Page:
Do you have any advice for dealing with extended family members who don't get along? My in-laws like to host big get-togethers with all the relatives, but they're always marked by tension and dissension. I don't want to offend my spouse or his parents, but I'm tired of all the conflict. Can you suggest a solution?
The situation you're describing is extremely common. In home after home, family gatherings that are supposed to be filled with love and warmth end up turning into tense, uncomfortable confrontations. But "extremely common" isn't the same thing as "unavoidable." You're an intelligent and morally responsible human being, and you can make choices that will lead to positive change.
One option is to be honest. Next time you get an invitation, tell your in-laws that you appreciate their thoughtfulness. Then explain that you simply aren't going to be able to join the party. You don't need to defend yourself or offer a long explanation. Just state your position and leave it at that. If it's a holiday gathering, let the folks know that you've decided to spend a quiet Christmas or Easter with your own immediate family this year. Naturally, you and your spouse will have to be in agreement on this.
A second choice would be to attend the gathering, but make plans to stay at a local hotel rather than in your in-laws' home. Tell them that you're looking forward to spending time with them, but don't want to get involved in a feud with other members of the family. If the party disintegrates into a shouting match, politely excuse yourselves and take refuge in the tranquility of your hotel room.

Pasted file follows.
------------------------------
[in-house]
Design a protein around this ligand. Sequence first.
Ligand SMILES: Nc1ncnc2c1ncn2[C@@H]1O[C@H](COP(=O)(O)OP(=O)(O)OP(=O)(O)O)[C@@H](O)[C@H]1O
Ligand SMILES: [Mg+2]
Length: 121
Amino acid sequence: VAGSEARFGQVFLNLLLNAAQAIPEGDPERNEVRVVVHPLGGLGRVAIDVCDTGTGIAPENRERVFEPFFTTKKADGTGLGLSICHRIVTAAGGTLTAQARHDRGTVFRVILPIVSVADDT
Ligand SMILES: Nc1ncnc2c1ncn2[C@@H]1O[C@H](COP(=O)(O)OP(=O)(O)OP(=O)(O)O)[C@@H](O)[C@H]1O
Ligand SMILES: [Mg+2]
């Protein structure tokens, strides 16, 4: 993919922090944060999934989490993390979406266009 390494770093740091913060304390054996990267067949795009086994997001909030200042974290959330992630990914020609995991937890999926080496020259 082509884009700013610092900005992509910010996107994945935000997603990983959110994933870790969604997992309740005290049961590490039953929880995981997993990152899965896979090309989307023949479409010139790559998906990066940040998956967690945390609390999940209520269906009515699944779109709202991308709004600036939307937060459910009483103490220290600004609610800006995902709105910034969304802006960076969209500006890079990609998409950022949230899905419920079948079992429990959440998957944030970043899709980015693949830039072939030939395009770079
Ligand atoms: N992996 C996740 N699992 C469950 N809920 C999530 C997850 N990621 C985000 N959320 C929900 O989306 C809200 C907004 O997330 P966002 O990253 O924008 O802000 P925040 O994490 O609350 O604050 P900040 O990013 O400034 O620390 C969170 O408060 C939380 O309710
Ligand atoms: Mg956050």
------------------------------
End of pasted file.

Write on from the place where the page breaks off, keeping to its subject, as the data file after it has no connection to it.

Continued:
There is a third option. You could approach the next family gathering with an entirely different attitude. Try to see it as a time for reaching out in kindness and grace. Look for opportunities to extend love to some unlovely people. If you are a believer in Jesus Christ, the Lord can give you the patience and forbearance you need to do this. He'll help you love your relatives sincerely from a pure heart. In the process, you may end up having a bigger impact in their lives than you suspect. Even if you don't, God can still use the experience to help you grow spiritually.
If by chance you don't know Christ as your personal Savior, there are people here at Focus on the Family who would love to introduce you to Him. If you'd like to hear more - or if there's anything else you'd like to discuss with a member of our staff - feel free to call us at your convenience and ask to speak with a pastoral counselor. They can be reached at this number.
Promoting Good Relationships With In-Laws: Dr. Gary Chapman addresses what to do about in-law problems, and how to have good relations with in-laws.
Peacemaking for Families (book)